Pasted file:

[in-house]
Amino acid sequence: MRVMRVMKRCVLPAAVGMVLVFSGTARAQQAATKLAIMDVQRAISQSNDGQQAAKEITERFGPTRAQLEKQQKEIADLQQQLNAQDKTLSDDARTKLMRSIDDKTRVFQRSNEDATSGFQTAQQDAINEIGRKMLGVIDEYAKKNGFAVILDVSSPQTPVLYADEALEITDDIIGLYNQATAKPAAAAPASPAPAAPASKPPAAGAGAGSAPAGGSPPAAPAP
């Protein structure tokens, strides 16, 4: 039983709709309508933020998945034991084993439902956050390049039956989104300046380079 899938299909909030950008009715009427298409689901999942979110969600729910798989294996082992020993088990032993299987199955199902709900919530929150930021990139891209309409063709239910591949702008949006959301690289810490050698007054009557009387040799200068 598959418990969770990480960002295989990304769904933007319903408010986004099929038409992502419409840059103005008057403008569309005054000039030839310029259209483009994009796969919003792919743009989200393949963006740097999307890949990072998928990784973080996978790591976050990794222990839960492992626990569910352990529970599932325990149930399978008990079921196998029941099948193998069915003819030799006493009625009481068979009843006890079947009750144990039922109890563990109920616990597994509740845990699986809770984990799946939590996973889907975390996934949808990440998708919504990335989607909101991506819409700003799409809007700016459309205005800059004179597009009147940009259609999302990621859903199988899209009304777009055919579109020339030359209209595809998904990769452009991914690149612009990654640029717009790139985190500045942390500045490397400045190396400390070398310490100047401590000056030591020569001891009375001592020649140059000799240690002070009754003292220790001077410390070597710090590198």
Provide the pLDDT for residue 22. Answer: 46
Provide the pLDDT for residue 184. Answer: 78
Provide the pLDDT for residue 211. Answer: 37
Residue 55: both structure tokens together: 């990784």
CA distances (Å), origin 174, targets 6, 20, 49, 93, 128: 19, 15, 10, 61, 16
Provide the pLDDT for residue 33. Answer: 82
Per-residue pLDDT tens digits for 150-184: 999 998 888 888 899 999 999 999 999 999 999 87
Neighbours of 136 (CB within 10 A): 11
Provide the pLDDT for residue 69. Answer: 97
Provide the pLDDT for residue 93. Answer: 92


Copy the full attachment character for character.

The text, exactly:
[in-house]
Amino acid sequence: MRVMRVMKRCVLPAAVGMVLVFSGTARAQQAATKLAIMDVQRAISQSNDGQQAAKEITERFGPTRAQLEKQQKEIADLQQQLNAQDKTLSDDARTKLMRSIDDKTRVFQRSNEDATSGFQTAQQDAINEIGRKMLGVIDEYAKKNGFAVILDVSSPQTPVLYADEALEITDDIIGLYNQATAKPAAAAPASPAPAAPASKPPAAGAGAGSAPAGGSPPAAPAP
């Protein structure tokens, strides 16, 4: 039983709709309508933020998945034991084993439902956050390049039956989104300046380079 899938299909909030950008009715009427298409689901999942979110969600729910798989294996082992020993088990032993299987199955199902709900919530929150930021990139891209309409063709239910591949702008949006959301690289810490050698007054009557009387040799200068 598959418990969770990480960002295989990304769904933007319903408010986004099929038409992502419409840059103005008057403008569309005054000039030839310029259209483009994009796969919003792919743009989200393949963006740097999307890949990072998928990784973080996978790591976050990794222990839960492992626990569910352990529970599932325990149930399978008990079921196998029941099948193998069915003819030799006493009625009481068979009843006890079947009750144990039922109890563990109920616990597994509740845990699986809770984990799946939590996973889907975390996934949808990440998708919504990335989607909101991506819409700003799409809007700016459309205005800059004179597009009147940009259609999302990621859903199988899209009304777009055919579109020339030359209209595809998904990769452009991914690149612009990654640029717009790139985190500045942390500045490397400045190396400390070398310490100047401590000056030591020569001891009375001592020649140059000799240690002070009754003292220790001077410390070597710090590198």
Provide the pLDDT for residue 22. Answer: 46
Provide the pLDDT for residue 184. Answer: 78
Provide the pLDDT for residue 211. Answer: 37
Residue 55: both structure tokens together: 């990784």
CA distances (Å), origin 174, targets 6, 20, 49, 93, 128: 19, 15, 10, 61, 16
Provide the pLDDT for residue 33. Answer: 82
Per-residue pLDDT tens digits for 150-184: 999 998 888 888 899 999 999 999 999 999 999 87
Neighbours of 136 (CB within 10 A): 11
Provide the pLDDT for residue 69. Answer: 97
Provide the pLDDT for residue 93. Answer: 92